John Denver is a wild and natural kind of guy. Yeah, boy! He sings about the great outdoors -- green rivers, clear skies and mountains. He wants to fly like an eagle. He'd rather be a cowboy than an L.A. freeway jockey. He just goes crazy about Christmas, West Virginia and true luv. "Thank God," he sings, "I'm a country boy."

Shucks. If John Denver were any more down home, he'd be down and out. As it is, however, he is a perfectly packaged show-biz slickie who pedals his homey wares for city slickers.

His show last night at the Merriweather Post Pavilion (where he will also be appearing tonight) was as smooth as Dacron polyester, tasty as margarine and as exciting as a 10-minute shoppers' special at K-Mart. Backed by an orchestral string section and a nine-piece group and ensconced on a stage with a forest-green backdrop and potted palms, Denver served up heapin' helpin's of folksy ditties and homespun monologues that reached new heights of corny crassness.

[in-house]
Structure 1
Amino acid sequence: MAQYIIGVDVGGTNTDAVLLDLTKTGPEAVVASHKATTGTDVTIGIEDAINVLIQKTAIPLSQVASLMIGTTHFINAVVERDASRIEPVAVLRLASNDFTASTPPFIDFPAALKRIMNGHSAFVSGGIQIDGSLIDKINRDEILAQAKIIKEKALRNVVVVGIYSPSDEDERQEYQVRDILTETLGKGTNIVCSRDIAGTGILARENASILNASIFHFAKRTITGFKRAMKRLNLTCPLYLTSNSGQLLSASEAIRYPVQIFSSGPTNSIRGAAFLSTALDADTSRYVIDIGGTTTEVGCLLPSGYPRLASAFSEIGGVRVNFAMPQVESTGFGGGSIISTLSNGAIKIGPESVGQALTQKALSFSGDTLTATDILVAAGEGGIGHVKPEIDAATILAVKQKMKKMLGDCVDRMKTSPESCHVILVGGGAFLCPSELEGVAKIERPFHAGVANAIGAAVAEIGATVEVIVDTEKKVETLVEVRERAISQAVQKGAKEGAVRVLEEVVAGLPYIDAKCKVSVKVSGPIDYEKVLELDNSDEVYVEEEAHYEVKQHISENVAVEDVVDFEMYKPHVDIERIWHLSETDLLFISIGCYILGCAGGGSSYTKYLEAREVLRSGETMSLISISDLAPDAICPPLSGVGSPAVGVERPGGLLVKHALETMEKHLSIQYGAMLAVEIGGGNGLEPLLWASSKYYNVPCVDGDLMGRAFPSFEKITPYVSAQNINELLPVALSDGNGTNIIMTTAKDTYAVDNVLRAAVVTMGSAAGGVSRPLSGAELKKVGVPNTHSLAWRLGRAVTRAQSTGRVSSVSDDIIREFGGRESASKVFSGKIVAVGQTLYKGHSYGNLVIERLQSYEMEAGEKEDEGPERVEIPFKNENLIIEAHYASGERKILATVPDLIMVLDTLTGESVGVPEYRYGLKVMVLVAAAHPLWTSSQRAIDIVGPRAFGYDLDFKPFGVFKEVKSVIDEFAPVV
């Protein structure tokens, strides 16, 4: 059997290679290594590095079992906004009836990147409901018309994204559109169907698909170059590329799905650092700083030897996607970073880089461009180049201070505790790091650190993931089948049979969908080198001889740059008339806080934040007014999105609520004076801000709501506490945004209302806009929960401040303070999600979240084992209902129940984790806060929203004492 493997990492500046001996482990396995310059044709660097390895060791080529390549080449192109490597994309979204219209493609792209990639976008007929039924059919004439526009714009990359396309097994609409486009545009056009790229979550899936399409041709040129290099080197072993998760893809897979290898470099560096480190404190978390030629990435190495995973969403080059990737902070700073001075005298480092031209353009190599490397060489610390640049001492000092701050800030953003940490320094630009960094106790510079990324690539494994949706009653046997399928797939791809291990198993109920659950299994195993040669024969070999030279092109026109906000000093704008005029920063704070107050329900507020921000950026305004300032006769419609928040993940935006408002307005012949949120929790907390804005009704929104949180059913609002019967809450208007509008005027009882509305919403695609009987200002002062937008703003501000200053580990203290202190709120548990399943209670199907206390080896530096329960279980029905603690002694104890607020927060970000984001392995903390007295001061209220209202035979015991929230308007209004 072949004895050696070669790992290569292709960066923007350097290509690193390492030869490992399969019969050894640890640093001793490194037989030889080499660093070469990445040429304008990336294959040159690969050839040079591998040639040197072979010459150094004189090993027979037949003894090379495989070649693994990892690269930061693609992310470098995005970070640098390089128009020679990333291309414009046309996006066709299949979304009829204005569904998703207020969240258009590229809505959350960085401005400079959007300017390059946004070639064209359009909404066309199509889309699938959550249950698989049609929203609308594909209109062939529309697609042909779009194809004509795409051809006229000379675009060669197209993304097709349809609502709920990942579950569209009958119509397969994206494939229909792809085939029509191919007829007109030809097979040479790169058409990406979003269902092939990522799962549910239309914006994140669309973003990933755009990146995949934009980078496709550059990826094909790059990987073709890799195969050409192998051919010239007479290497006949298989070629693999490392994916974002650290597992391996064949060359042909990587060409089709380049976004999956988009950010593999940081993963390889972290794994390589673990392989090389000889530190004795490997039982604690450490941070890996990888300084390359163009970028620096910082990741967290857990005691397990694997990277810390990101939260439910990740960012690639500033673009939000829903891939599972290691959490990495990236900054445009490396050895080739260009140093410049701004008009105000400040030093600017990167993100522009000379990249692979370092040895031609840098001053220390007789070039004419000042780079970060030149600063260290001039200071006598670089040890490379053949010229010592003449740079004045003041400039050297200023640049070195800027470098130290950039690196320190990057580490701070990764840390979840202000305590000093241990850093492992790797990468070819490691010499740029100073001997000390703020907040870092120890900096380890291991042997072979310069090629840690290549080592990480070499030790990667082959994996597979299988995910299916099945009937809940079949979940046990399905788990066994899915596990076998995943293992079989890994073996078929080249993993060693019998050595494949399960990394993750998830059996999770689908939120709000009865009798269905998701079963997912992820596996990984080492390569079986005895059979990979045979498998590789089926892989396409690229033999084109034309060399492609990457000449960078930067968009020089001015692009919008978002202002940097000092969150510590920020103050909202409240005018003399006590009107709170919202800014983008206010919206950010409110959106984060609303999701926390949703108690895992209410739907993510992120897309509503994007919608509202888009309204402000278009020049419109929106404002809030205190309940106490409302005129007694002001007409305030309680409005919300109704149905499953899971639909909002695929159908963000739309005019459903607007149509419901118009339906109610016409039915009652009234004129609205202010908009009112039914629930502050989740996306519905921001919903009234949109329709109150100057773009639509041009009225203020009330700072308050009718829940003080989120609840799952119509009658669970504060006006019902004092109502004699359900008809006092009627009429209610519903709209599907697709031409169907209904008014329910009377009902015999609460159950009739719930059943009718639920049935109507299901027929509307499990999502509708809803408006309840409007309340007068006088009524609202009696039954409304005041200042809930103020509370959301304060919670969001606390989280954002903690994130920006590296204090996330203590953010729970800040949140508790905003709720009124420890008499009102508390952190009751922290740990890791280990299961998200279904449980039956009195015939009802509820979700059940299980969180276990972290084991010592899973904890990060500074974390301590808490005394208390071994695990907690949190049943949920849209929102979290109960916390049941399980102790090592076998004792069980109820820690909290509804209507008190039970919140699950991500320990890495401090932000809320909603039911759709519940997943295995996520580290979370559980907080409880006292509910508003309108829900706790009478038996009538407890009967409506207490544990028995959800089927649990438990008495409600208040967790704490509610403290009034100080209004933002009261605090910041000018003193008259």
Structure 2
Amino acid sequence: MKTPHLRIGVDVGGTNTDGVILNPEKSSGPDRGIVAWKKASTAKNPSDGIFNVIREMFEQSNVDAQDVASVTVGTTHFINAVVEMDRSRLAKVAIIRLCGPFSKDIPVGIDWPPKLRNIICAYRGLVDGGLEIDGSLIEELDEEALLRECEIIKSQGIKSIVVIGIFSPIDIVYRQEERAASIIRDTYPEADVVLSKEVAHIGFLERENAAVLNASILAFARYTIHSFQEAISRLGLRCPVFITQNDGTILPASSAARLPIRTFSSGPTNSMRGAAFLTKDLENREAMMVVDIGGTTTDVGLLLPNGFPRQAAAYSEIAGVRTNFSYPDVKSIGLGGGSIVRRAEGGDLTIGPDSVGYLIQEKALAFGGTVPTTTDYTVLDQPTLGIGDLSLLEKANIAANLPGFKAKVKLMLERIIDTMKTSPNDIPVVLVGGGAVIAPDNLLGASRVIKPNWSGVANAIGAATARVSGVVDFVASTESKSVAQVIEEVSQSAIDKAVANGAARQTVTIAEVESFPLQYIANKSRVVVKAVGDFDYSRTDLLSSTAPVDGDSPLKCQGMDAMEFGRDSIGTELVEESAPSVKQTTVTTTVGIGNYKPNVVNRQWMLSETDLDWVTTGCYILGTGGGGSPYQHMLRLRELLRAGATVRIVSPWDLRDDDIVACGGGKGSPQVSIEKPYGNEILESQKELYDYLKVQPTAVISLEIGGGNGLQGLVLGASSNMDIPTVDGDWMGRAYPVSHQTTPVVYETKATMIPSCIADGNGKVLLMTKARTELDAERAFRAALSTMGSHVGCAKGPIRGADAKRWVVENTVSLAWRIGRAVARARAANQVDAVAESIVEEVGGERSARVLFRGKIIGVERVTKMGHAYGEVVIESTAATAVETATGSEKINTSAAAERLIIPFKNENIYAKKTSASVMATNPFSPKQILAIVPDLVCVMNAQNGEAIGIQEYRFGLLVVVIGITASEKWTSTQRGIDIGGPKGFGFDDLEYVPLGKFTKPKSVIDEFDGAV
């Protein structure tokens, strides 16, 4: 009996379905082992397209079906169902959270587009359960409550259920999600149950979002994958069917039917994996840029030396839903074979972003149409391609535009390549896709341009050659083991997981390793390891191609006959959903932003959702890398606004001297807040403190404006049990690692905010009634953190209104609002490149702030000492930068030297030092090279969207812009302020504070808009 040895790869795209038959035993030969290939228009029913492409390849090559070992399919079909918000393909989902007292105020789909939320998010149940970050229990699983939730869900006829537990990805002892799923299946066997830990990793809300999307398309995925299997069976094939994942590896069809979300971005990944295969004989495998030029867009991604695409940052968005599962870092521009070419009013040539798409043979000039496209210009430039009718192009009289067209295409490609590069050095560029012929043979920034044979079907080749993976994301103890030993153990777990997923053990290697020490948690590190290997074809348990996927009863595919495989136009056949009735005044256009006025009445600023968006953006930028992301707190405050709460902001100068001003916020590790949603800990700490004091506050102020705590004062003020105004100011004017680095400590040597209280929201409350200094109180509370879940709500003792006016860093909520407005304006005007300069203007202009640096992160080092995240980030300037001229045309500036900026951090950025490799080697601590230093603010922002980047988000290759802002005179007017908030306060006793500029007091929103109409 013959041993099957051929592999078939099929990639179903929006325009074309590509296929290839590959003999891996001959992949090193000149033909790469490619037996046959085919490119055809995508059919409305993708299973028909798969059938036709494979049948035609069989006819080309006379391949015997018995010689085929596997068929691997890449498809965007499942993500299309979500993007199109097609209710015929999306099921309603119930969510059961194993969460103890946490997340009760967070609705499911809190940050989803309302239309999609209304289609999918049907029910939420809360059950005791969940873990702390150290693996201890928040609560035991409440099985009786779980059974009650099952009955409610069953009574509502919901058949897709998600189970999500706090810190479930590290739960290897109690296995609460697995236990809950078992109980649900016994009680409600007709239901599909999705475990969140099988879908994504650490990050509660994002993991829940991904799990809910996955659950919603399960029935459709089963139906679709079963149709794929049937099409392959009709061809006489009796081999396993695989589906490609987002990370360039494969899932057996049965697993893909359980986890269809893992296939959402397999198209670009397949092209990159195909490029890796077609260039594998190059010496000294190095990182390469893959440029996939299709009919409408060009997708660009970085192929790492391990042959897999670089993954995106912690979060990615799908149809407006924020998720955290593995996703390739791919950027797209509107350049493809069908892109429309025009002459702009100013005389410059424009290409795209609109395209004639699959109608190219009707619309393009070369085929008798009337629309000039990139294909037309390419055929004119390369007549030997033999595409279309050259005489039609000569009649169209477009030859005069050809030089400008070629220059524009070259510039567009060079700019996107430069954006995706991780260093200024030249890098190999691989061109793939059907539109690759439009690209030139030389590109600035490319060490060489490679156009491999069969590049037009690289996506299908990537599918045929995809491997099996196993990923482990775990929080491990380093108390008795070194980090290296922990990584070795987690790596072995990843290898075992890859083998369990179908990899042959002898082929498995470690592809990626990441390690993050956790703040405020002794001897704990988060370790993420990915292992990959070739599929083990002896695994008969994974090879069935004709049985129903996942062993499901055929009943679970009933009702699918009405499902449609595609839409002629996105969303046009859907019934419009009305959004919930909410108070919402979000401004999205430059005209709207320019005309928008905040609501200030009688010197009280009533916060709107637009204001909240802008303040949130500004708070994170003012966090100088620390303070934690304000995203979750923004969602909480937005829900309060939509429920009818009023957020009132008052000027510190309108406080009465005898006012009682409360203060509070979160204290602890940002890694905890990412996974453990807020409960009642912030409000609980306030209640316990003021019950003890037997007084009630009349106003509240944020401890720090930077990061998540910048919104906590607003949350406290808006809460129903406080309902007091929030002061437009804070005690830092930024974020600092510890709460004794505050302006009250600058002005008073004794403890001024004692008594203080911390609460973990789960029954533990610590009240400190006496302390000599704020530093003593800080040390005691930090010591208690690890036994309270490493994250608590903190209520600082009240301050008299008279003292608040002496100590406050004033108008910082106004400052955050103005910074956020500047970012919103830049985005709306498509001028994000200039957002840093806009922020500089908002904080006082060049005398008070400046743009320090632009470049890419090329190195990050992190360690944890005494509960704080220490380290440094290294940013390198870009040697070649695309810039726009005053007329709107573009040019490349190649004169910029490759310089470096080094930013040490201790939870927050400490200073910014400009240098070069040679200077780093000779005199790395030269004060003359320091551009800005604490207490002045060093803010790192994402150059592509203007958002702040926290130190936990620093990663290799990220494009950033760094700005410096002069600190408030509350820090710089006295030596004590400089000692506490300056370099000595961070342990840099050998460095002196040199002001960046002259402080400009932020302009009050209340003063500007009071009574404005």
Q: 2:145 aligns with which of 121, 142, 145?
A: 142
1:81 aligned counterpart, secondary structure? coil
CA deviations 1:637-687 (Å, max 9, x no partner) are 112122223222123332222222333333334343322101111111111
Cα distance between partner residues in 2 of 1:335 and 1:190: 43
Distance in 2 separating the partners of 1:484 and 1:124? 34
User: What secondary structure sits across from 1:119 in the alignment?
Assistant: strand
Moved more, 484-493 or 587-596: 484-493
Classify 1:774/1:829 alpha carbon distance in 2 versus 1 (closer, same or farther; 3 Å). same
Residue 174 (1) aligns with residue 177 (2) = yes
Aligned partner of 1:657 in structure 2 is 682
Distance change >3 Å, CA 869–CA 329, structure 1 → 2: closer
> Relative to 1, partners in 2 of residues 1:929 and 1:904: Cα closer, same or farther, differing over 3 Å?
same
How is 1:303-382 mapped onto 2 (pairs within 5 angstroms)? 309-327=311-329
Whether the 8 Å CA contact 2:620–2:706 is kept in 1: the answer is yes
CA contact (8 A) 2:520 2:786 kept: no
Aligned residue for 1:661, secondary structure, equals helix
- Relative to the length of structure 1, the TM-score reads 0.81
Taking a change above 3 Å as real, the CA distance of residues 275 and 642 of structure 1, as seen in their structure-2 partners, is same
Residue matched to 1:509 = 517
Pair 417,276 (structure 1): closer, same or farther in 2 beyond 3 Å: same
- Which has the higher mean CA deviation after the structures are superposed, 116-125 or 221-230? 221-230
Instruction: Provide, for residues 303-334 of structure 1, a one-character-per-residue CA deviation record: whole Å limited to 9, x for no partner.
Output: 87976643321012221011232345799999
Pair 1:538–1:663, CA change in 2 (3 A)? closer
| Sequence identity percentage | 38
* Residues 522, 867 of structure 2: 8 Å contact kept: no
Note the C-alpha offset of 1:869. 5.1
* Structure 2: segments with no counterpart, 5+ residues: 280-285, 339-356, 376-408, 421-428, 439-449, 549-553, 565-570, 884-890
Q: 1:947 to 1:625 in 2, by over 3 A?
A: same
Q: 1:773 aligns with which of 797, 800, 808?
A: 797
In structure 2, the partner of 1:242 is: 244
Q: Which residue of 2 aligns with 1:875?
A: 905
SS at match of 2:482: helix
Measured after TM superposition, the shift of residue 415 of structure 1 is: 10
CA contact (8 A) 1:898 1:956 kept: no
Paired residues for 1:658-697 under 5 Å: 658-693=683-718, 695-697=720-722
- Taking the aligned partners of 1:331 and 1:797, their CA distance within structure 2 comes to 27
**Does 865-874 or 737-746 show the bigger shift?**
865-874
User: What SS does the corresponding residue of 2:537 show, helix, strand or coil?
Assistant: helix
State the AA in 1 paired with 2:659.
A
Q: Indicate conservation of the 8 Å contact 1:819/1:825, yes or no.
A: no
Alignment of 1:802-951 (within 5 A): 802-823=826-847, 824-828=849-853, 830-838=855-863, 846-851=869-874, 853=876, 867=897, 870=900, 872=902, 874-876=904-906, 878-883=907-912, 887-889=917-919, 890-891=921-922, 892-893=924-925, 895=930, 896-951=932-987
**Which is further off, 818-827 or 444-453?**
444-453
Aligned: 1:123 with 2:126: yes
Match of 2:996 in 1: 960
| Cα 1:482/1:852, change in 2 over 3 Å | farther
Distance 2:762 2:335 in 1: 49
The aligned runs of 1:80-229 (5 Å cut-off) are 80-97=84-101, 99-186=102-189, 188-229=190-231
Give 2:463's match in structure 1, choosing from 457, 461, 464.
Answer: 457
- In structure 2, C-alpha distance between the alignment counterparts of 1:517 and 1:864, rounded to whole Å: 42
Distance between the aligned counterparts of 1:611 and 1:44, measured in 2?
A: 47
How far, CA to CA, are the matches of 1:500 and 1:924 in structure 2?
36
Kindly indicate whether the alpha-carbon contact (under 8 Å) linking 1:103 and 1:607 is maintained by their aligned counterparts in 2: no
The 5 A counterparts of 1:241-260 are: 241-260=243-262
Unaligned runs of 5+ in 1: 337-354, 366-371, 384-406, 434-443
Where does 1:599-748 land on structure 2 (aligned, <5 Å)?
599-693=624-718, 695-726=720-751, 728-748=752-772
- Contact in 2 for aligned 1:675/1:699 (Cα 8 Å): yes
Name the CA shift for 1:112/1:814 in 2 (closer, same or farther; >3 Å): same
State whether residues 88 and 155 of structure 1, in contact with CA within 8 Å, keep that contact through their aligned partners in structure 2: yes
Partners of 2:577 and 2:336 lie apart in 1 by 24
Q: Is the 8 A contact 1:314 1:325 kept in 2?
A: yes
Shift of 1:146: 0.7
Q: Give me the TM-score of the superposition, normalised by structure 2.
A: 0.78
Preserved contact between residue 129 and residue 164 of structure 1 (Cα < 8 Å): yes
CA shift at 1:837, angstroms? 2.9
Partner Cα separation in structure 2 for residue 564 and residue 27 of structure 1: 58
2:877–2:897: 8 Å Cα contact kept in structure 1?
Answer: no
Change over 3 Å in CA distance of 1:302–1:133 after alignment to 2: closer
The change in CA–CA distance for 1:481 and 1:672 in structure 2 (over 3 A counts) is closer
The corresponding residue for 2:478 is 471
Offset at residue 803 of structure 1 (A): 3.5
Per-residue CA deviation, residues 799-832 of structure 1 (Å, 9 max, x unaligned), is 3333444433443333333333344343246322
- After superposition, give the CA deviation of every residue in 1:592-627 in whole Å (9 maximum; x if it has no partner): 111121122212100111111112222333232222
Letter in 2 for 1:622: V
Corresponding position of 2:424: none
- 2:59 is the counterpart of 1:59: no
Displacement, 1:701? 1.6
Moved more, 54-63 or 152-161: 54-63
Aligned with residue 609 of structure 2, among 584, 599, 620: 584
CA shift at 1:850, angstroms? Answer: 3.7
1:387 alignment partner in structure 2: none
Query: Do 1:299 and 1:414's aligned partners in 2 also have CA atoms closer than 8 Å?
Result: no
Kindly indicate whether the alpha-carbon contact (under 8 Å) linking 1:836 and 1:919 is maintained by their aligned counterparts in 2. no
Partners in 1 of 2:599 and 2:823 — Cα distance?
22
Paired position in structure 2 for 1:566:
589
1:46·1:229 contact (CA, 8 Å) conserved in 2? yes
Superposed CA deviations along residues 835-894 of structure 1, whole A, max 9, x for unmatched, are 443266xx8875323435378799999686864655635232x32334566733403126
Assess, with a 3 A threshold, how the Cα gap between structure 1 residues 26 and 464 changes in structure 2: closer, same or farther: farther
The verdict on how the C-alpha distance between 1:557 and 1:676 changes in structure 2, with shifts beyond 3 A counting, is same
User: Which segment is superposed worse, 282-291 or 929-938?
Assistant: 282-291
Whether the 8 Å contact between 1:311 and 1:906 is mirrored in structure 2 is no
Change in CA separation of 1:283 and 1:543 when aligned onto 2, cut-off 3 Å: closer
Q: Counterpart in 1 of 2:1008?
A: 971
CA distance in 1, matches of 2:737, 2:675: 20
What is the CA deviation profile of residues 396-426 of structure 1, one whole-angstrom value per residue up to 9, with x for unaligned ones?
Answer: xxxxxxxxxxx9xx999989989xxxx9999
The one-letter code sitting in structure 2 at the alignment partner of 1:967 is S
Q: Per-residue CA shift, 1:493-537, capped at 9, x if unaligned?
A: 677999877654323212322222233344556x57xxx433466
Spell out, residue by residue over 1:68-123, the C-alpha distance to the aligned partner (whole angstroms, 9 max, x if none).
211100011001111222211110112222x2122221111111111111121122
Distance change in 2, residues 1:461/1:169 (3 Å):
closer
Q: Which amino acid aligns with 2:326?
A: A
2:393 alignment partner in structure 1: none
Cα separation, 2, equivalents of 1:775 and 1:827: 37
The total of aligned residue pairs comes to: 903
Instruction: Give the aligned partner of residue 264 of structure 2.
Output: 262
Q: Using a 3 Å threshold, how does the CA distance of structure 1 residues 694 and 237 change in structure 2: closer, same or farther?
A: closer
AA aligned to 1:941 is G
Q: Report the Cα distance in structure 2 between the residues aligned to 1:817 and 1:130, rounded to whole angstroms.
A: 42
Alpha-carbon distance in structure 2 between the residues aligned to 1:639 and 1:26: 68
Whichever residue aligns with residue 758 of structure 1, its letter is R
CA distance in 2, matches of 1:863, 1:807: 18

On "Sleeping Alone," a country ballad, he reminded everyone that even a millionaire is sometimes forced to sleep alone (a comforting thought if ever there was one, by gosh). And "Country Road" . . . well, what can anyone really say about that touching paean to the simple pleasures of the Pepsi generation.

Oddly enough, Denver was kinder to the songs of others than to his own. Pete Seeger's "Bells of Rimney" was given a sensitive and almost emotional reading, and his version of "Home on the Range" was downright moving.

But for every high, like an old Stephen Foster song in four-part harmony, there was a wagonload of lows, such as "Rocky Mountain High." He reduced a John Prine howler to a cutesy, cuddly, novelty number and his version of "Memphis" was stale and listless. "Rock 'n' roll!" he yelled after the song. Sure, John.

A footnote to this good-ole-boys show. For those who were forced to stand in the rain for the first part of the performance, there is a simple explanation. According to a spokesman for Merriweather Post, Denver's management insisted that anyone arriving late not be seated until after the fourth song -- otherwise, they might destroy Denver's concentration. Ah, there's nothing like the great outdoors, especially when you're soaking wet.